Pre-planning and local knowledge Although the pre-plan had not been updated since the marina’s renovations, it was still very useful under the extreme circumstances. Understanding of the facilities helped to formulate the strategies and tactics, in particular the location and use of the hydrant boost point. The use and success of the boost point at this location should be noted and referenced.
Safety concerns It was identified that the hazard of operating in a marine environment meant there was a real risk of emergency service personnel falling into the water and possibly drowning. Safety measures need to be addressed by crews when working in a marina and, in particular, a deep water marina.
Emergency partner response It was identified that local CFA crews had limited knowledge of the Coast Guard’s and MFB’s capabilities and capacity. There are opportunities to further integrate training within brigades where a marine risk is present.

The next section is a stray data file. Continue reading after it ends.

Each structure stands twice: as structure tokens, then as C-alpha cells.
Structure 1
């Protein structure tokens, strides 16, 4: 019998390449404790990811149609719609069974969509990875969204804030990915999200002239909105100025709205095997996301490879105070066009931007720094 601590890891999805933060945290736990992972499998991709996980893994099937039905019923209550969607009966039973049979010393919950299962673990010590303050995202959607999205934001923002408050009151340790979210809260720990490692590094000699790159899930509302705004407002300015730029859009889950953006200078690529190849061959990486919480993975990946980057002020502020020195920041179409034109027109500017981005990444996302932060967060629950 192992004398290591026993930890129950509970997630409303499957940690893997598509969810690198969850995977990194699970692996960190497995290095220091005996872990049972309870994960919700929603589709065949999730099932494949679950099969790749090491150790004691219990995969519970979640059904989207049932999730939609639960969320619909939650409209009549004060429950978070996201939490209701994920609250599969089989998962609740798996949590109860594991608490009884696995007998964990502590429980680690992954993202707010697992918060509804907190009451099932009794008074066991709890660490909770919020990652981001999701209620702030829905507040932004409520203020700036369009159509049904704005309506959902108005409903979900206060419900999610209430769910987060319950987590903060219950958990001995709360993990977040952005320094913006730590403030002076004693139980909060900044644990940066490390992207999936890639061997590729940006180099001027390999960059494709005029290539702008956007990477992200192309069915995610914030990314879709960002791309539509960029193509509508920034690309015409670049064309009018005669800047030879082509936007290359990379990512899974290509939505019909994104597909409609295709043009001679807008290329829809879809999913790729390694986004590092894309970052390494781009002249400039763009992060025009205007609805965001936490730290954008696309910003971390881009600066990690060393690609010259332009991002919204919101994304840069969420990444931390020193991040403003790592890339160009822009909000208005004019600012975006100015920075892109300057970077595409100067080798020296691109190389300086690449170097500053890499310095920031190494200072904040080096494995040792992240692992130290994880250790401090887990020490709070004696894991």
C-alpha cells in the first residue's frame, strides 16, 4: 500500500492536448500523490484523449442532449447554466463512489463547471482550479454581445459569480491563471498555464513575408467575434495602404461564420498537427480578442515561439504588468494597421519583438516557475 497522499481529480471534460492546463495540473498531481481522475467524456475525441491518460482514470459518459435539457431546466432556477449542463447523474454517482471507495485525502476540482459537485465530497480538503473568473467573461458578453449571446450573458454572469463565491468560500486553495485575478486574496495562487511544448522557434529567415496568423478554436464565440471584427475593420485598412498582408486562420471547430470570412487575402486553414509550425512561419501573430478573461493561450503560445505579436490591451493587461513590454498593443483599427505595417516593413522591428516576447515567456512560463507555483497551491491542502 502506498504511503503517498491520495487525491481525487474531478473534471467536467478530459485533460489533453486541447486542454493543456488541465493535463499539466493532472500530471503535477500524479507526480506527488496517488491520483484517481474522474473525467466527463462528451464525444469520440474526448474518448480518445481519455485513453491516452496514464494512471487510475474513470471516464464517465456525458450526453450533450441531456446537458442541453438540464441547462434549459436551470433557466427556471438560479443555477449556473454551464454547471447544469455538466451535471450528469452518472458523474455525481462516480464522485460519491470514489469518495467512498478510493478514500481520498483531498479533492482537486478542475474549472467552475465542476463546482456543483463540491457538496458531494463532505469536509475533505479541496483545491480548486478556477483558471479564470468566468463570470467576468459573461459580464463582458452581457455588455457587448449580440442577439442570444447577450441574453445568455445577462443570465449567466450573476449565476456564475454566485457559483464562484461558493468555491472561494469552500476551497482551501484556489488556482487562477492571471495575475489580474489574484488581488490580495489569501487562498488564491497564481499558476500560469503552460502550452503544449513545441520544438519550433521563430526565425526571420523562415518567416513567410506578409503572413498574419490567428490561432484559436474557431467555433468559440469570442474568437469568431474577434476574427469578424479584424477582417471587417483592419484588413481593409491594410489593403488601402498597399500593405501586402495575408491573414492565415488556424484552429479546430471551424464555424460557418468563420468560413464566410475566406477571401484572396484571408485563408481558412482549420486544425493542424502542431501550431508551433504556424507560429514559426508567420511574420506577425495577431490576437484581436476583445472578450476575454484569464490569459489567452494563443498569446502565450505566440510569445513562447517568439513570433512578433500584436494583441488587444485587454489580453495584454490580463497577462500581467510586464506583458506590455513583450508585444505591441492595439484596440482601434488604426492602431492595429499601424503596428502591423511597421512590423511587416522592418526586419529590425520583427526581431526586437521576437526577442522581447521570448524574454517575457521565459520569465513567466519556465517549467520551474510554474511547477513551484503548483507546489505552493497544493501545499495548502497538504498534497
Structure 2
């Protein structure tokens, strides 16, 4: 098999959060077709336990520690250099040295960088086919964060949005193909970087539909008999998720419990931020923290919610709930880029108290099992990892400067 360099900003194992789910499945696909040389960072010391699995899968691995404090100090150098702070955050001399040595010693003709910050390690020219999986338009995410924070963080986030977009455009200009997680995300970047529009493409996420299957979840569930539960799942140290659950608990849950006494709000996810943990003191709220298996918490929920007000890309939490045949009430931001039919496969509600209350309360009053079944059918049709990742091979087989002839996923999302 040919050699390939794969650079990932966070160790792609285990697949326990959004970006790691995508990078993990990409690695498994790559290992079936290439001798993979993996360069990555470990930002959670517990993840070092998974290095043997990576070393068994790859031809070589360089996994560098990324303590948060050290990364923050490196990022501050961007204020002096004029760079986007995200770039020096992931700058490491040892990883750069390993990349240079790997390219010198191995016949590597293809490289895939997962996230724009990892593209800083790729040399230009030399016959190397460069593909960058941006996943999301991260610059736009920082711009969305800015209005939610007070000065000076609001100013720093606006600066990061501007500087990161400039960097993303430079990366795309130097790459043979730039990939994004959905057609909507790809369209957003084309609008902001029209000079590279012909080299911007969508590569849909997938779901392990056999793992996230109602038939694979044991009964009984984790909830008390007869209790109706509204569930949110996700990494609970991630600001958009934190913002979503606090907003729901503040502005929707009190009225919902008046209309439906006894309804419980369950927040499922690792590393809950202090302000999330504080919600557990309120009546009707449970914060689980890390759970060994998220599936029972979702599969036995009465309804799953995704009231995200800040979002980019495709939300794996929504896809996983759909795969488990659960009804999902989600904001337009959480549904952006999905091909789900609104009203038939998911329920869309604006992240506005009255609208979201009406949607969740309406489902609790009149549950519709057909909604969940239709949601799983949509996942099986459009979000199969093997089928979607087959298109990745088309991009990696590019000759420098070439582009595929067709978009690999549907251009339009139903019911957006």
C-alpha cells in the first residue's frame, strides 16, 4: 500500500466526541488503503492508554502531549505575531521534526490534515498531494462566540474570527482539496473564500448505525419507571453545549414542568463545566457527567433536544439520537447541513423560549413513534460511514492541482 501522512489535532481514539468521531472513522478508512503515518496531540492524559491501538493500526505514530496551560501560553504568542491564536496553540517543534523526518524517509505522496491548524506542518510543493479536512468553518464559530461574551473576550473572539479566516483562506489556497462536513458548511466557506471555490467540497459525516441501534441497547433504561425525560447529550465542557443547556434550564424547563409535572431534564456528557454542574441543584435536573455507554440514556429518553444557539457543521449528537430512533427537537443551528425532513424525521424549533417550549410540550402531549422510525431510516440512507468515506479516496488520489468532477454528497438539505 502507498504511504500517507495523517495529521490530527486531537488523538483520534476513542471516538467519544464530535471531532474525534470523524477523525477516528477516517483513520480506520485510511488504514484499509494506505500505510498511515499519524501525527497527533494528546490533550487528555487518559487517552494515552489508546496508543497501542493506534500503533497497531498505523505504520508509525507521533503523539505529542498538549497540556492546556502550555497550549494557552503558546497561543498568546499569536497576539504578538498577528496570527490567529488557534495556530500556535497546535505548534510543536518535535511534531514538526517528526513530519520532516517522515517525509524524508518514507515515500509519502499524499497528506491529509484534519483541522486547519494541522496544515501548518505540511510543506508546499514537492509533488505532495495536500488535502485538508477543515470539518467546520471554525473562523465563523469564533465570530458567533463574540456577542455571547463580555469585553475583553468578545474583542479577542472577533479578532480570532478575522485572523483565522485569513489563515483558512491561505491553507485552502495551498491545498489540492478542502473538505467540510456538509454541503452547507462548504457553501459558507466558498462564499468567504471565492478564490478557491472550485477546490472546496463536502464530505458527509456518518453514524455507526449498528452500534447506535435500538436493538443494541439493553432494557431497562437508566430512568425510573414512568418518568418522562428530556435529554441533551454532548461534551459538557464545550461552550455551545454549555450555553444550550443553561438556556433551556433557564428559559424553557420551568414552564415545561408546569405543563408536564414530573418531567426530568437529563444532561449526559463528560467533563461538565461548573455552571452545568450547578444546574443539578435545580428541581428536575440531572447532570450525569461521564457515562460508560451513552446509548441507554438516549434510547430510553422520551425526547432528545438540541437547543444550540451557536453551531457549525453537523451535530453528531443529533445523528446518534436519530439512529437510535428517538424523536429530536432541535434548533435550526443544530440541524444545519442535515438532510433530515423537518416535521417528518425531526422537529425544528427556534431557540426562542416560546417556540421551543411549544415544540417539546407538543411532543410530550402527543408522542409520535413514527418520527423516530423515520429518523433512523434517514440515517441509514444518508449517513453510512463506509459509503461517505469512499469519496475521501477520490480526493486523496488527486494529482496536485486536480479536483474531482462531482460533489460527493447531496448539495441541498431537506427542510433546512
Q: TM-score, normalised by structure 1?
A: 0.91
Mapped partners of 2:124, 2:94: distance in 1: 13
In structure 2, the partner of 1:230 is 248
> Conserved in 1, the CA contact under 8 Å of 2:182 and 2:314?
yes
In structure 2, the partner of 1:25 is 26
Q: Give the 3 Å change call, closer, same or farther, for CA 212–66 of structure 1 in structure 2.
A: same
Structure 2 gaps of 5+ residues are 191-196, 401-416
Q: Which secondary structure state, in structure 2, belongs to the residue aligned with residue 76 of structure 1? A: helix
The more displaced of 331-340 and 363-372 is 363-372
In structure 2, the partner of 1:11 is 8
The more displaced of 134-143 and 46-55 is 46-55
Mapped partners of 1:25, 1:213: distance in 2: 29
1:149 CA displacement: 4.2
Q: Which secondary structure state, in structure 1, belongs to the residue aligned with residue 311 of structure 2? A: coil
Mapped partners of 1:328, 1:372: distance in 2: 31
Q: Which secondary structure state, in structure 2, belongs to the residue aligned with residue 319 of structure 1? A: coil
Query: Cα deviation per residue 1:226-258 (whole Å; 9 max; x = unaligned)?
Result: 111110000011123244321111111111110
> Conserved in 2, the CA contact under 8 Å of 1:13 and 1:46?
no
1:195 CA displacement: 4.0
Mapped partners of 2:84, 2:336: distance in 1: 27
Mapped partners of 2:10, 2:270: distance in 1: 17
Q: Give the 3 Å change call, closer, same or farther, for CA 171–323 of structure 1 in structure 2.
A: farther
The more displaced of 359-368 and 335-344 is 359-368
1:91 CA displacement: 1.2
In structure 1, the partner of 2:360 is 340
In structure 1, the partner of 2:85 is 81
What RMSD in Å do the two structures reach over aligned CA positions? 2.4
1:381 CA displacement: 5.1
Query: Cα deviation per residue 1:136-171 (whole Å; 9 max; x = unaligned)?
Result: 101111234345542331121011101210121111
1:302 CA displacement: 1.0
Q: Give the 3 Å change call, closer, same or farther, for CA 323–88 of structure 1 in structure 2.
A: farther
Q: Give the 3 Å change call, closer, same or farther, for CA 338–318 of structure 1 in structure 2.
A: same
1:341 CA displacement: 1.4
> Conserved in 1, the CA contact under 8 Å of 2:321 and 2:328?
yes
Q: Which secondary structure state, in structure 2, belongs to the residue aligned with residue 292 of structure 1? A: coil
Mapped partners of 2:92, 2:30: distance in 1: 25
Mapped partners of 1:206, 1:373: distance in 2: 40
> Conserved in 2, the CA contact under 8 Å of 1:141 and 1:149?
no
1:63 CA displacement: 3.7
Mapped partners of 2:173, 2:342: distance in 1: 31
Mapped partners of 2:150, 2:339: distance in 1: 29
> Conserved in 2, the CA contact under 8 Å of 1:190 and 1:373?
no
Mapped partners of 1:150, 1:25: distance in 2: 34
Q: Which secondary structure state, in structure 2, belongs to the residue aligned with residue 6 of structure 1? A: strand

Fireground communication Fireground communications posed some difficulties during the fire. Establishing fireground channels was of some help, but further work is needed to fully understand the causes of the problems.
Identified roles Although the EMT structure was developed immediately at the incident, it was identified that the use of tabards would have helped agencies to talk to the appropriate people.
CFA crews were faced with a difficult firefight because of the thick black smoke and strong winds, together with the complexities of a marina, the additional safety considerations and the significant potential for spread to other boats. The actions of the crews limited the spread of the fire and ensured there were no serious injuries to the community or to responding crews.
Lessons learned will help brigades and the yacht club’s management to refine the Emergency Response Plan to reduce the impact of fires in the marine environment.